Numbers don’t lie – graphs do

There are basically two ways to fake a statistic: Winston Churchill’s famous quote “I only believe in statistics I doctored myself” is a reference to the first way, often used by governments for propaganda purposes.
They operate with a simple ‘fake input numbers – fake output statistics’ mechanism to mislead the unaware public to get re-elected. A poor political game that shouldn’t bother you too much.

More of a concern however should be the second, more sophisticated way, to fake a statistic, I would call it ‘Numbers don’t lie – graphs do’.

Graphs are heavily used to make information more understandable and because of their communicative effectiveness.

But charts do often depict comparisons between data or trends to produce a desired result.

Thereby, the input numbers are correct, the graphs, charts or diagrams we encounter daily in papers, magazines or online are nonetheless misleading, if you don’t know how to read it.

I like to stress that misleading graphs are not always deliberately fabricated, sometime it’s just a case of people not understanding the data behind the graph they create.

Let’s have look.

Figure 1 – House Prices
Figure 2 – Advertising
Figure 3 – Decline or Depression
Figure 4 – Burger Sales
Figure 5 – A false piece of pie
Figure 6 – Gold- & Oil price
Figure 7 – A crash disappears

Figure 1

Dramatic rise in house prices!

From this graph it looks as though house prices have trebled in one year. It’s misleading because the vertical axis does not start at 0.

The correct version of the same graph gives more accurate picture of what has happened.
fake grafic

correct grafic

Figure 2

Dear reader,
we believe you’re stupid

The most important asset of a newspaper is it’s credibility. With this graph, ‘The Times’ suggests to have twice as many readers as ‘The Telegraph’ by starting the vertical axis at 400’000 instead of 0. In fact, the difference is only 10%. Would you trust this newspaper?

the times

Figure 3

Decline or Depression?

If the vertical axis does not start at 0, an economic slowdown looks like a great depression.

wrong right

Figure 4

A very, very Big Mac

This time, the vertical axis starts indeed at 0. But the graphic representation of the sales figures of Mc Donald’s and Burger King is still misleading. The numbers don’t lie, but the use of a linear axis instead of a logarithmic gives the wrong picture of the proportions. The four times larger sales figure of McDonald’s in reality appear to be at least 10 times higher in the graphic.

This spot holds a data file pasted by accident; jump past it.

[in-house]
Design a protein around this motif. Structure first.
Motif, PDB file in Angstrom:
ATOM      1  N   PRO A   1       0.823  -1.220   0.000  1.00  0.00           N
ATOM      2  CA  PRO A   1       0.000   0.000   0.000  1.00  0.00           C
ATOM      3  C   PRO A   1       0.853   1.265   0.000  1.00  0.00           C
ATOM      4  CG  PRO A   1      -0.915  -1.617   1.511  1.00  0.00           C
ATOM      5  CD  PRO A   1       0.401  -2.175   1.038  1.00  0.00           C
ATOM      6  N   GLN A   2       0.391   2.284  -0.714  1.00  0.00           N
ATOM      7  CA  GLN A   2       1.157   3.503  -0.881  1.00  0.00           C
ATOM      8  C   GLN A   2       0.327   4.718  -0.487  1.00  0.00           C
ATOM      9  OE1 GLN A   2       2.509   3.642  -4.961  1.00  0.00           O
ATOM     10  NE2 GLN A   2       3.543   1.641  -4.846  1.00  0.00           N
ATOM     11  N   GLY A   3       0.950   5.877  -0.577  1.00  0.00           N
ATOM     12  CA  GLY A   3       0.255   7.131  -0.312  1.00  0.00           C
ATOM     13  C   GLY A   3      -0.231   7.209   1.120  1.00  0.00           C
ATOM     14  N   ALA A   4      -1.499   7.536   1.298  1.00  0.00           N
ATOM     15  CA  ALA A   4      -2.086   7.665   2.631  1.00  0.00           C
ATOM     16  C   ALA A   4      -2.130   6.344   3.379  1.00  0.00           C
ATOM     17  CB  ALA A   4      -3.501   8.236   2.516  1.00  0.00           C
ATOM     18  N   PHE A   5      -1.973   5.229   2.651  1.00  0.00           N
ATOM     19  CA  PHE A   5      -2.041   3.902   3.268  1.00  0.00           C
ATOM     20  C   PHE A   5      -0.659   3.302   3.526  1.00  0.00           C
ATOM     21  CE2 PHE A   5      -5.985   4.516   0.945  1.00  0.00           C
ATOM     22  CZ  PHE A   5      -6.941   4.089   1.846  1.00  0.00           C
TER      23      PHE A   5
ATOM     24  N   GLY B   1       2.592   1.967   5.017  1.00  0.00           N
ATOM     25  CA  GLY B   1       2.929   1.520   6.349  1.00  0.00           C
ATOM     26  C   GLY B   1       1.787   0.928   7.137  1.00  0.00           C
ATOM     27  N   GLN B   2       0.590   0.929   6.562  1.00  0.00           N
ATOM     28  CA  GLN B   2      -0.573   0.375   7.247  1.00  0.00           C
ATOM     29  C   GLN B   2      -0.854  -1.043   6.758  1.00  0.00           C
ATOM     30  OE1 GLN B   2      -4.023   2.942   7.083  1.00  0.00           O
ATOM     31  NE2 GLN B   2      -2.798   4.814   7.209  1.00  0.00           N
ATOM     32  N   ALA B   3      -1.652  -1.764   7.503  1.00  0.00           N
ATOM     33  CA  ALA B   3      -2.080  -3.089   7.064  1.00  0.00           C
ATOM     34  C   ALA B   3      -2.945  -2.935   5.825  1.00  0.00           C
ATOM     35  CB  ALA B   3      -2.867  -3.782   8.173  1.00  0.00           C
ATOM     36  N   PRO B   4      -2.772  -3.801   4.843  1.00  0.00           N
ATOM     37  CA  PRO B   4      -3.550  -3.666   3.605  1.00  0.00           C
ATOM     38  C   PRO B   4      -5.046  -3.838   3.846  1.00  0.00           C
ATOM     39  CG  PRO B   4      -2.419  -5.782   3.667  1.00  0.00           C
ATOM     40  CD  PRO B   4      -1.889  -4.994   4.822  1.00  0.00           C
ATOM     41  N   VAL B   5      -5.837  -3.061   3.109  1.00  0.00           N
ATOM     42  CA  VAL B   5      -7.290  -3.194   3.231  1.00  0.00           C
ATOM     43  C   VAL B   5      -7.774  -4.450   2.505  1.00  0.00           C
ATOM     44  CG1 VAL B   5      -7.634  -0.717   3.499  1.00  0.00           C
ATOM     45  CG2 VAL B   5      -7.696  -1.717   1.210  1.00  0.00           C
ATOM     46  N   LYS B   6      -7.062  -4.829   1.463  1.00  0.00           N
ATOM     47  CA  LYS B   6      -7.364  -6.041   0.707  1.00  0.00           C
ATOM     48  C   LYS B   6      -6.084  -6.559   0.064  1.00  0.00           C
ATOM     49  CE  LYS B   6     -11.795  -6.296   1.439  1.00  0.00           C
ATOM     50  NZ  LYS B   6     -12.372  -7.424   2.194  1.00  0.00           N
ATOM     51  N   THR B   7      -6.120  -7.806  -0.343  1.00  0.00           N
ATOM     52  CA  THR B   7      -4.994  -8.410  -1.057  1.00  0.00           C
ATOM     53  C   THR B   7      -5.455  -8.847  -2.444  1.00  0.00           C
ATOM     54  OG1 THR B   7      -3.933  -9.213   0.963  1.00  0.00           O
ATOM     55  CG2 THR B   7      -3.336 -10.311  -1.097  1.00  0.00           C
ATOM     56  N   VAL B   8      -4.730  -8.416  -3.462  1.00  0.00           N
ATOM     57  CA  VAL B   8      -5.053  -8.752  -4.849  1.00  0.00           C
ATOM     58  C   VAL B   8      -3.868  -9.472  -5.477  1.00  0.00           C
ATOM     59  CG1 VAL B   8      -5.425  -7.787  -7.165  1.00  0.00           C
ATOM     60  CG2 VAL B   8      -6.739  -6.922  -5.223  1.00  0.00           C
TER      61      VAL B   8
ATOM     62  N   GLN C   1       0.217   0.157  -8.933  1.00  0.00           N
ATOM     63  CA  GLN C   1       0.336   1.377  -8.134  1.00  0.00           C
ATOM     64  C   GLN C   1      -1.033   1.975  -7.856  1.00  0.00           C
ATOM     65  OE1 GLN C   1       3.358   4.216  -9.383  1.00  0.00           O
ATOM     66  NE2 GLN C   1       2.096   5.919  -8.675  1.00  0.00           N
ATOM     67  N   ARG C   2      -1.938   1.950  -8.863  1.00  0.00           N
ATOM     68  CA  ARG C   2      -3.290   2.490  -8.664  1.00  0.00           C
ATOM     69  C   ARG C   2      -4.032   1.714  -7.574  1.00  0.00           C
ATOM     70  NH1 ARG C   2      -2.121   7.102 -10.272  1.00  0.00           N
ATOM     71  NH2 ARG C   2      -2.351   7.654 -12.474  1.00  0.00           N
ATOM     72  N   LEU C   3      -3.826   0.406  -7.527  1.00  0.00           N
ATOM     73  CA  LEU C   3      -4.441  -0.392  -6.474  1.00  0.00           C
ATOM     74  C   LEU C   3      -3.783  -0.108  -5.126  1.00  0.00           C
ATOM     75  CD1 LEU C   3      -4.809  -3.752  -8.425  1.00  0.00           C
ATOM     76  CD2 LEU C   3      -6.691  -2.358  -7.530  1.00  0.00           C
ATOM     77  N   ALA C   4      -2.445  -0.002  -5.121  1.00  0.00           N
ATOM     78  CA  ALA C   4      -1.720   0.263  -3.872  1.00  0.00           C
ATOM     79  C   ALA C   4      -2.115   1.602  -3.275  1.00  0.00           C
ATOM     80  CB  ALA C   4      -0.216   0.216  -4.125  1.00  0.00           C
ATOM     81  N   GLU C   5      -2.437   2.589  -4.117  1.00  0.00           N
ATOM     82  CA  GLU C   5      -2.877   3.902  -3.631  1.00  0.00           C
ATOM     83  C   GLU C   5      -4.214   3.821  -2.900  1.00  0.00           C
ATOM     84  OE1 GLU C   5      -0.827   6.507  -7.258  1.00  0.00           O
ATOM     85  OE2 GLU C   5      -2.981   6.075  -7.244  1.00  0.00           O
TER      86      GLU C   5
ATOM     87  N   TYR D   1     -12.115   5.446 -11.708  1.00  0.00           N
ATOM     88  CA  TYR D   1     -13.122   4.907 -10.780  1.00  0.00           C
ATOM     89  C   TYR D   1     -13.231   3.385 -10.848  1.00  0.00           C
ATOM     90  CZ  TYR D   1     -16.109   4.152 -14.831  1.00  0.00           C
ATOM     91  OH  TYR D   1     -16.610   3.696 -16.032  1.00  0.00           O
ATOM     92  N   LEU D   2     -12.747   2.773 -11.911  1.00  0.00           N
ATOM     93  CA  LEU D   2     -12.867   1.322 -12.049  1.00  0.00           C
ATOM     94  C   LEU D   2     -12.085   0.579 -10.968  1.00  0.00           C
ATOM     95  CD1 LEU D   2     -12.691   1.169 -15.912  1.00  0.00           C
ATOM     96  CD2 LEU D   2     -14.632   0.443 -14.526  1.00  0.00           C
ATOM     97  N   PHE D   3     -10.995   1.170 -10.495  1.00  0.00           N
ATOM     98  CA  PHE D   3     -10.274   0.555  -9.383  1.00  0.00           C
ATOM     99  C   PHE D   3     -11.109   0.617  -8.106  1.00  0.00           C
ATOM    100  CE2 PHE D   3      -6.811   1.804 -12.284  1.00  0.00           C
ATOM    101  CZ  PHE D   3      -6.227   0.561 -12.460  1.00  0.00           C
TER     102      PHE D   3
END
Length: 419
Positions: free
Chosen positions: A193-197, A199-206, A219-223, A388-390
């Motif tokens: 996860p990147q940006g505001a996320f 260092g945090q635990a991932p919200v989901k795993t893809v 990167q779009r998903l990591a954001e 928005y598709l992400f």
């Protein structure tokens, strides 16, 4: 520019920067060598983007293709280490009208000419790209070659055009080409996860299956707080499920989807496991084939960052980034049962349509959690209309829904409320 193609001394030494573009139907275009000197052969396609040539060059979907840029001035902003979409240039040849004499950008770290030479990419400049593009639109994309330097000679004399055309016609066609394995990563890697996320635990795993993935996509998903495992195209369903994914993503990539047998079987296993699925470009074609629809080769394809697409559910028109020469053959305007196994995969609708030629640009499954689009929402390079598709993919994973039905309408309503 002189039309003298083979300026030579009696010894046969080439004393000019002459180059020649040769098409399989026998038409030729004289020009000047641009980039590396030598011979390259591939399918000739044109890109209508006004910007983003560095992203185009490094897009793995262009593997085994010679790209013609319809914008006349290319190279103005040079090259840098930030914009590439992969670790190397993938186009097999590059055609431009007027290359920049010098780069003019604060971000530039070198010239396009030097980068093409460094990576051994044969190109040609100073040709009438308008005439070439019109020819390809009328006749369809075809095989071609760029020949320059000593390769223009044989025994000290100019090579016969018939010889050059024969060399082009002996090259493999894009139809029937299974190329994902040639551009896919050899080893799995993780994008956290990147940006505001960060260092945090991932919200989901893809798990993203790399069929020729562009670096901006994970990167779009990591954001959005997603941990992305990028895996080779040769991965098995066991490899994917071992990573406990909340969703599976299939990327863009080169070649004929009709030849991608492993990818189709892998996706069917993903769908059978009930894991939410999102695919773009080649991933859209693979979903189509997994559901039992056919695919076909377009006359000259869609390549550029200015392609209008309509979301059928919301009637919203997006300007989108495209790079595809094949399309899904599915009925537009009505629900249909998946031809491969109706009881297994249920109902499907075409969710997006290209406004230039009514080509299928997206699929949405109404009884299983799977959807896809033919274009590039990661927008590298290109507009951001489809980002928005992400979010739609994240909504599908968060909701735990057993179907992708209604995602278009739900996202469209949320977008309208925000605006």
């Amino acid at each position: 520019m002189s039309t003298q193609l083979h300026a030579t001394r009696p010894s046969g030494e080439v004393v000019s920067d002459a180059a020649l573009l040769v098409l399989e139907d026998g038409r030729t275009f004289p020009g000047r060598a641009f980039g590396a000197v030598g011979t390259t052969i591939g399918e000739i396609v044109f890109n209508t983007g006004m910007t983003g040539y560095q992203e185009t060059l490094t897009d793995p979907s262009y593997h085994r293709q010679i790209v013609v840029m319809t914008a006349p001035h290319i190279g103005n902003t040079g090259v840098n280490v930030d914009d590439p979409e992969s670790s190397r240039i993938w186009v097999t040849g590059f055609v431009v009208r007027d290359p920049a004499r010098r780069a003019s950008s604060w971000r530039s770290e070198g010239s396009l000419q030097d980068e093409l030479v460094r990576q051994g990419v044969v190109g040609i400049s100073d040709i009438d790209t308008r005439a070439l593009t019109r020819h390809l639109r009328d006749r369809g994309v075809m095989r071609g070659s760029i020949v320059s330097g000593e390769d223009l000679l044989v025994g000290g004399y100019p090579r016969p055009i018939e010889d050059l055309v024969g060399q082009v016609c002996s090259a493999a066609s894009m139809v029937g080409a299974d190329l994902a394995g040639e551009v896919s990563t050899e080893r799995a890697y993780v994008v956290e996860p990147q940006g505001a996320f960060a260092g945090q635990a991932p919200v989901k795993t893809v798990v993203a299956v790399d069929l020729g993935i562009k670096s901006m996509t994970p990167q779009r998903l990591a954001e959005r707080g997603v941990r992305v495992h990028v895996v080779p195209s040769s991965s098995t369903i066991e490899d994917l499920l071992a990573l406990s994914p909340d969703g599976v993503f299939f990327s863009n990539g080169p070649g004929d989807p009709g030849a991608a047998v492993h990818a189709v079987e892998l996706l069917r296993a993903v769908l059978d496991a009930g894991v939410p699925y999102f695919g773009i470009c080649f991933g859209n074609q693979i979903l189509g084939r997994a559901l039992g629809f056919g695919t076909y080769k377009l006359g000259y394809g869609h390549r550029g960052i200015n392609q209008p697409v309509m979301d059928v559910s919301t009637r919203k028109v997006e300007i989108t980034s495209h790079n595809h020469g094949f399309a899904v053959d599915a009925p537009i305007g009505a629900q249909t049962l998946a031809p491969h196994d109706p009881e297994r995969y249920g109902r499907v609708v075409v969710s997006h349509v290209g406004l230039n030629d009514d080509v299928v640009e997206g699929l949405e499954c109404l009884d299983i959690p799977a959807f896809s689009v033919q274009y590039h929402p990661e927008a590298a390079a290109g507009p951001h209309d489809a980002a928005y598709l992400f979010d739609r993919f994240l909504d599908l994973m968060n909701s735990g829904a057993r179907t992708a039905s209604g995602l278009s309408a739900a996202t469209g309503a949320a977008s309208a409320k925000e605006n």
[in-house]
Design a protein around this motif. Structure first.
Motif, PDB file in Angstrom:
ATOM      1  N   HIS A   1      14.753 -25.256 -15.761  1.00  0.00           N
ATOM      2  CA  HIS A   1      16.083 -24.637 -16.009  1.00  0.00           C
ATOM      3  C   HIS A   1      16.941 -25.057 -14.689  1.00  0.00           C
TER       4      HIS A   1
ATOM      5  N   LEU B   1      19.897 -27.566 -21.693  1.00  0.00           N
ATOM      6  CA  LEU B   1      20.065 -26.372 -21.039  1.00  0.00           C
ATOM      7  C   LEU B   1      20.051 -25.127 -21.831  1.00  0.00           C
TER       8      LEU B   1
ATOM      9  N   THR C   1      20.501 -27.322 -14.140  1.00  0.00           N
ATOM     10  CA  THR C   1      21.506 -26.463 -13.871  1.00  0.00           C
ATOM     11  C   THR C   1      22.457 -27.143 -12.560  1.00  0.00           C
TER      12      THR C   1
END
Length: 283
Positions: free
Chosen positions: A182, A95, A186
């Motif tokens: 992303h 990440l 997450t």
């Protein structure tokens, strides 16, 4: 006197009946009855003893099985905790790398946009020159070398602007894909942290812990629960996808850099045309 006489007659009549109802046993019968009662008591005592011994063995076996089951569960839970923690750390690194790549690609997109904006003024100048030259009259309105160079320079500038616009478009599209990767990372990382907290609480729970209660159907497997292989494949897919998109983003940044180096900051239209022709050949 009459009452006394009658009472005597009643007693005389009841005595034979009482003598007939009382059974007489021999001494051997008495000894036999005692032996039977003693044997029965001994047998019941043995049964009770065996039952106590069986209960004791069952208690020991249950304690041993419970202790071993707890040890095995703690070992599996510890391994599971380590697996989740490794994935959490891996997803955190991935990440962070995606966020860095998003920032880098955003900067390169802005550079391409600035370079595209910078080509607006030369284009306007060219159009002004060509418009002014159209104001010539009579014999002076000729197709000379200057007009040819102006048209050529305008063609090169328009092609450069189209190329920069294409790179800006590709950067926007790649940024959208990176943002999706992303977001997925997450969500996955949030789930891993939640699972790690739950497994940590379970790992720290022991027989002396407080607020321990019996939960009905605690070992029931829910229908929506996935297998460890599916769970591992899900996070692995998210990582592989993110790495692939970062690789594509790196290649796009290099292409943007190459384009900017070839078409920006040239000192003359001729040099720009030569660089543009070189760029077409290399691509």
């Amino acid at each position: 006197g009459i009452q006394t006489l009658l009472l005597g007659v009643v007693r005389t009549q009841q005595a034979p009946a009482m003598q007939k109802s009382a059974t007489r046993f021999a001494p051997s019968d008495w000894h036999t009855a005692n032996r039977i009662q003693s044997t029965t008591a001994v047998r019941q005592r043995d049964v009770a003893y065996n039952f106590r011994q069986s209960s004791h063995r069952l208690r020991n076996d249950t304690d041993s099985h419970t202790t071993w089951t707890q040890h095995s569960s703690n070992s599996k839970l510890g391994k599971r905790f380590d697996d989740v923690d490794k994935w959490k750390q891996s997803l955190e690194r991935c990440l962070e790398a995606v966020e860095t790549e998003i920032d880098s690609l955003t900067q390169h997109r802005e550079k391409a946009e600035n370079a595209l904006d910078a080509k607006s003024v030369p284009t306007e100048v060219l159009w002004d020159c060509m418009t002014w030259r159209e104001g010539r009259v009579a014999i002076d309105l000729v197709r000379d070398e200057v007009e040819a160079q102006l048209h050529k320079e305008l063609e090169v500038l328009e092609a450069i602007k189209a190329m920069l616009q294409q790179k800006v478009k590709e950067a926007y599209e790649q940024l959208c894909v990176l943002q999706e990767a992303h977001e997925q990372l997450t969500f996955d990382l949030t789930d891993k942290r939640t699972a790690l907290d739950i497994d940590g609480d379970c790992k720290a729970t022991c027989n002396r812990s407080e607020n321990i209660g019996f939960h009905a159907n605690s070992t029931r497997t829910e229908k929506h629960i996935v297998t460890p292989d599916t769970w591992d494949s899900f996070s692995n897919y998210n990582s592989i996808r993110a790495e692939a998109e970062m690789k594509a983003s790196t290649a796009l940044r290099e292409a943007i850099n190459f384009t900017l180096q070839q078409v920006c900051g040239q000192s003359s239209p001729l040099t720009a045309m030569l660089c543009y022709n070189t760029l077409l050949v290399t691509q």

mc donalds

Figure 5

A bigger slice of the pie

The pie chart is an easy way to convey information. Making a pie chart 3D will make a correct interpretation difficult.
Often used for aesthetic reasons, the third dimension does not improve the reading of the data. On the contrary, because of the distorted effect of a perspective with 3D.


Figure 6

Linear charts (left) pace different levels on the vertical axis equidistantly.

The increase in the gold price (yellow) from 400 to 500 (plus 25 %) gets the same distance on the linear chart as the move from 1400 to 1500 (plus 7%) thus distorts the picture.

A Logarithmic chart (right) spaces the levels differently to reflect the percentage size of the move.
An increase from 400 to 800 gets the same distance on the vertical axis as an increase from 800 to 1600.

gold graphs

Figure 7

A mayor crash disappears

Even if you only have little knowledge about the history of the stock market, you might have heard about the devastating crash of 1929 that triggered a global economic depression (see chapter 29).

In a linear chart showing the historical performance of the Dow Jones (top), this mayor event simply disappears, whereas a logarithmic chart displays the magnitude of this crash accurately.

crash dissapears


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One comment

  1. I think this is a real great article.Much thanks again. Really Cool.

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